Following a monthslong courting process, shareholders of Spirit Airlines (NYSE:SAVE) approved its merger with JetBlue Airways (NASDAQ:JBLU). According to the Wall Street Journal, it’s a step toward creating the fifth-largest U.S. airline, and on the surface, a positive for SAVE stock. However, the deal also faces scrutiny from antitrust authorities who have pushed back on corporate mergers. Therefore, JBLU stock may still encounter difficulties.
In February of this year, rival discount airliner Frontier Group (NASDAQ:ULCC) agreed to buy Spirit. At the time, Spirit rebuffed JetBlue, with management stating that the original deal with Frontier carried a greater probability of regulatory approval. It also noted that the deal would be better for stakeholders of SAVE stock in the long run.
However, the shareholders themselves eyeballed JetBlue’s richer offer to the tune of about $1 billion more than Frontier’s. Neither Spirit nor Frontier could convince owners of SAVE stock to consider the Frontier deal. Therefore, the vote on Wednesday largely represented a formality.
In total, the Spirit-JetBlue merger features a valuation of $3.8 billion. It underscores JetBlue’s long-held growth ambitions, which fundamentally represents a positive for JBLU stock. Per the WSJ, the “airlines said Wednesday they expect to conclude the regulatory process and close their deal no later than the first half of 2024.”
Still, political undercurrents suggest that the merger will not go unchallenged.
SAVE Stock Draws Skepticism From Antitrust Crowd
In a sign that the framework will not be smooth sailing for SAVE stock, the New York Times reported that last month, “Senator Elizabeth Warren, Democrat of Massachusetts, asked Transportation Secretary Pete Buttigieg to exercise a rarely used authority to prevent the merger, saying it would reduce competition.”
“There is ample evidence that yet another huge airline merger would likely harm American consumers,” Warren wrote in a letter to Buttigieg.
In a bid to bolster the deal and by deduction JBLU stock, JetBlue “consistently argued the opposite, saying its purchase of Spirit would benefit the flying public,” per the NYT. Of course, JetBlue has every motivation to say this considering its expansion goals. In 2016, JetBlue lost a bidding war for Virgin America to Alaska Air Group (NYSE:ALK).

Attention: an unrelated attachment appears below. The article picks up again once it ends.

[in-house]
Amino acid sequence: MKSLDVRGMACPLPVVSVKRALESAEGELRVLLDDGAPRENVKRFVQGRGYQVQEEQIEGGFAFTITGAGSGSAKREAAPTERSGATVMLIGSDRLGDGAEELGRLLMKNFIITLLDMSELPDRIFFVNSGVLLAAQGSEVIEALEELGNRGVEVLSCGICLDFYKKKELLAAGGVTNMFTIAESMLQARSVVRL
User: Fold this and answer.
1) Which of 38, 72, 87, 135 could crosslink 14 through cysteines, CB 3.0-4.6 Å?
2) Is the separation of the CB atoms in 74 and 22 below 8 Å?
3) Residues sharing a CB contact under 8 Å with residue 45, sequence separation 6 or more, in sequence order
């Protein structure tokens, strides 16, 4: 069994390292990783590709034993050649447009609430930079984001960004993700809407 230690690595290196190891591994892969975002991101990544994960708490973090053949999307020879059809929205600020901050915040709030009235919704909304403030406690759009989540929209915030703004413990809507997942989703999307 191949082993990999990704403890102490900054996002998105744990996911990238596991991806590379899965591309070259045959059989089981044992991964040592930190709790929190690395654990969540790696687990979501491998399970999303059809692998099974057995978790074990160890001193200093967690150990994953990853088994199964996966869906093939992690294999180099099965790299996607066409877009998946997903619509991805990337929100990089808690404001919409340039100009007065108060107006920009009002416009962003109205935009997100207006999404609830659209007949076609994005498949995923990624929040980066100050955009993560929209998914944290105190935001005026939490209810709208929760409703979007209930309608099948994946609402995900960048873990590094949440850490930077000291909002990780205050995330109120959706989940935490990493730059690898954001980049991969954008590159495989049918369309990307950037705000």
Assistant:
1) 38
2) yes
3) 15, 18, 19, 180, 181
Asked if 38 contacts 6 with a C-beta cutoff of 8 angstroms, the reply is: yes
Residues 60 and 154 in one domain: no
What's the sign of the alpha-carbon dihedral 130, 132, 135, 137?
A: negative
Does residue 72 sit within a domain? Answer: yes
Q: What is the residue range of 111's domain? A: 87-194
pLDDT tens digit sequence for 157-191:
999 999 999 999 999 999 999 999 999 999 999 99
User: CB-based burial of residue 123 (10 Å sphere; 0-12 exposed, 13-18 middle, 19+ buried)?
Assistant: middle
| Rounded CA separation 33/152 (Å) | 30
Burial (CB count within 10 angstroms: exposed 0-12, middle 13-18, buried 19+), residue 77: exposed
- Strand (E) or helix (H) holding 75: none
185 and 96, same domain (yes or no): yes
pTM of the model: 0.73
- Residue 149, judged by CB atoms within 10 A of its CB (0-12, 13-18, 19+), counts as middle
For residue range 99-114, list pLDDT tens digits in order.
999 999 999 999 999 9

It’s not at all clear whether JetBlue can win out with the Spirit merger. Per CNBC, the Biden administration “has taken a hard stance against deals they argue will harm consumers.” Presently, the Justice Department is battling JetBlue’s existing partnership with American Airlines (NASDAQ:AAL) in the northeast region of the U.S.
Still, the one positive for both SAVE stock and JBLU stock is that airline mergers may not automatically signal detriment for consumers. In 2014, a PwC report indicated that “the mega-mergers of the last several years have led to better on-time performance, fewer lost bags and fewer and smaller fare increases than declining competition would suggest,” according to NBC News.
Nevertheless, convincing Washington powerbrokers represents an entirely different challenge. Therefore, investors may need to keep a cautious eye on JetBlue’s acquisition hopes of SAVE stock.
On the date of publication, Josh Enomoto did not have (either directly or indirectly) any positions in the securities mentioned in this article. The opinions expressed in this article are those of the writer, subject to the InvestorPlace.com Publishing Guidelines.